Please use this identifier to cite or link to this item: http://ahro.austin.org.au/austinjspui/handle/1/12225
Title: Progression from mild cognitive impairment to dementia: a 3-year longitudinal study.
Authors: Brodaty, Henry;Connors, Michael H;Ames, David;Woodward, Michael M
Institutional Author: PRIME study group
Affiliation: National Ageing Research Institute, Melbourne, Australia University of Melbourne Academic Unit for Psychiatry of Old Age, Melbourne, Australia
Dementia Collaborative Research Centre, School of Psychiatry, UNSW Medicine, University of New South Wales, Sydney, Australia Centre for Healthy Brain Ageing, School of Psychiatry, University of New South Wales, Sydney, Australia
Austin Hospital, Heidelberg, Australia
Dementia Collaborative Research Centre, School of Psychiatry, UNSW Medicine, University of New South Wales, Sydney, Australia Centre for Healthy Brain Ageing, School of Psychiatry, University of New South Wales, Sydney, Australia h.brodaty@unsw.edu.au.
Issue Date: 22-May-2014
Citation: The Australian and New Zealand Journal of Psychiatry 2014; 48(12): 1137-42
Abstract: To examine characteristics that predict the progression from mild cognitive impairment to dementia.Of 970 patients recruited from nine memory clinics around Australia, 185 had mild cognitive impairment diagnosed. Measures of cognitive ability, functional ability, and neuropsychiatric symptoms were completed at baseline and over 3 years of follow up.Over 3 years, 52 (28%) patients with mild cognitive impairment developed dementia. Older age, lower cognitive ability at baseline, and faster decline in cognitive ability over the first 6 months of follow up, but not depression, predicted progression to dementia.The findings confirm that simple clinical data such as age, cognitive ability at baseline, and rate of cognitive decline are important predictors of progression from mild cognitive impairment to dementia over 3 years.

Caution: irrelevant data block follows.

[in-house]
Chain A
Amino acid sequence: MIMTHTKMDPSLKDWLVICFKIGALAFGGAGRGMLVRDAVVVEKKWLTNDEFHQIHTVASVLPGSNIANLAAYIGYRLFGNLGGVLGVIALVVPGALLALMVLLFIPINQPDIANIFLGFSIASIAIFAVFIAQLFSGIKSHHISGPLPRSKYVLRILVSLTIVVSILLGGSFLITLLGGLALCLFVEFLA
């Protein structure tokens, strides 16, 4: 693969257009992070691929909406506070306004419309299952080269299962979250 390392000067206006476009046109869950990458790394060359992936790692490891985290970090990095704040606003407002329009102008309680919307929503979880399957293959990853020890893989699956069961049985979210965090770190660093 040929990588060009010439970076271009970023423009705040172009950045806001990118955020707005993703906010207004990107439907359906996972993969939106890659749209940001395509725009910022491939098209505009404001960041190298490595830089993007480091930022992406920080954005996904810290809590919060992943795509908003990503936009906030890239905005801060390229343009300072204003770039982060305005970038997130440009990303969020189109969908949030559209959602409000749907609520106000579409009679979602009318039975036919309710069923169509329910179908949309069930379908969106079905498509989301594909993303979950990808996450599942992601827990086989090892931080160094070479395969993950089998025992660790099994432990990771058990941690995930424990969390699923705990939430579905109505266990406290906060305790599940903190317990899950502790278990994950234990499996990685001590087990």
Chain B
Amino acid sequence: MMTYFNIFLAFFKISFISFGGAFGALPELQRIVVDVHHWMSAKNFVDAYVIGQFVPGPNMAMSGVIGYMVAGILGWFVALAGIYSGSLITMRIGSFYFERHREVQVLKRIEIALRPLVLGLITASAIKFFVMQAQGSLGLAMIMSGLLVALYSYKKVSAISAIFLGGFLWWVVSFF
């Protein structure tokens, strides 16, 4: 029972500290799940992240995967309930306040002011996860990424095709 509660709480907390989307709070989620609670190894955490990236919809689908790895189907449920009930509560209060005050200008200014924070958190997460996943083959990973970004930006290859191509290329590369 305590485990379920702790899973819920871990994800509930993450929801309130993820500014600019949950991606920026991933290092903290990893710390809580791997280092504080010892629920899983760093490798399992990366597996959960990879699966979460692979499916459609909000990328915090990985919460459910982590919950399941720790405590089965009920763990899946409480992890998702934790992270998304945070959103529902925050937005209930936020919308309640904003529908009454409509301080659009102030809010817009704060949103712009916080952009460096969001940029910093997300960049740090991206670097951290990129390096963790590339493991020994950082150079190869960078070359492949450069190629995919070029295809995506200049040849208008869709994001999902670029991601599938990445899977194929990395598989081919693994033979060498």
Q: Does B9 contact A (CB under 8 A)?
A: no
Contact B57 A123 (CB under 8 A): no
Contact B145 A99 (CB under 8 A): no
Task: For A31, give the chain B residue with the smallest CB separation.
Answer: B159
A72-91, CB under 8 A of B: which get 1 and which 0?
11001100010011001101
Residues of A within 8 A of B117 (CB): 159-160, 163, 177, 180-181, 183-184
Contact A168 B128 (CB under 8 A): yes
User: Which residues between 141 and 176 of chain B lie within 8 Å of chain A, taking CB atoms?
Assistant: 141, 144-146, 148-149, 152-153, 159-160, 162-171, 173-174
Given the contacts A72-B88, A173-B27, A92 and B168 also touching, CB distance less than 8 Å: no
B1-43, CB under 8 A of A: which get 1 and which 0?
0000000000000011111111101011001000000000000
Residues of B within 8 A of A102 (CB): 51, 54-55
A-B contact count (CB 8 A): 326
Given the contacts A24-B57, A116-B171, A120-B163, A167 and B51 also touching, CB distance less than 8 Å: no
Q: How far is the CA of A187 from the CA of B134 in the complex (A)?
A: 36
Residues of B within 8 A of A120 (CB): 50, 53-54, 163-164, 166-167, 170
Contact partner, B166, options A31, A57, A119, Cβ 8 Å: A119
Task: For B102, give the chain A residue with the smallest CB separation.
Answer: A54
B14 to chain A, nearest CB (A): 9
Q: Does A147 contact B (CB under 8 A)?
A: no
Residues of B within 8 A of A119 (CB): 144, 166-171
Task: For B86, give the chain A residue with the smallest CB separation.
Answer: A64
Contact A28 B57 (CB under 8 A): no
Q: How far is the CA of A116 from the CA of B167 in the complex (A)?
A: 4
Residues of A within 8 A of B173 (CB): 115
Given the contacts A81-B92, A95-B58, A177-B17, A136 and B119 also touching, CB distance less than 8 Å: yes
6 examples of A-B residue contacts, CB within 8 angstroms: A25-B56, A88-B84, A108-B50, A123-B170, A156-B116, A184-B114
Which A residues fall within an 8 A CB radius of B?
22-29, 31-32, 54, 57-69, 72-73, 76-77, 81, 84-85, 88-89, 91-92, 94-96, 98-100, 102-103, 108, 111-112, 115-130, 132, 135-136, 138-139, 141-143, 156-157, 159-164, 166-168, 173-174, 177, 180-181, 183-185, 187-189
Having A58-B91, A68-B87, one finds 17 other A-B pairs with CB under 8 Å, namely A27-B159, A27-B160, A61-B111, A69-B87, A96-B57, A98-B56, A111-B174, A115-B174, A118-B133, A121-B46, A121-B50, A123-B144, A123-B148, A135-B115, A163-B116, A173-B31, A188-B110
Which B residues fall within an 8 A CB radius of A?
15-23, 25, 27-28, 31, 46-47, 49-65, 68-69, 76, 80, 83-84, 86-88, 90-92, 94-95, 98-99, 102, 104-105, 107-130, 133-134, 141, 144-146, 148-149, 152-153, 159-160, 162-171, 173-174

Internal ID Number: 24852322
URI: http://ahro.austin.org.au/austinjspui/handle/1/12225
DOI: 10.1177/0004867414536237
URL: http://www.ncbi.nlm.nih.gov/pubmed/24852322
Type: Journal Article
Subjects: Dementia
depression
longitudinal studies
mild cognitive impairment
risk factors
Appears in Collections:Journal articles

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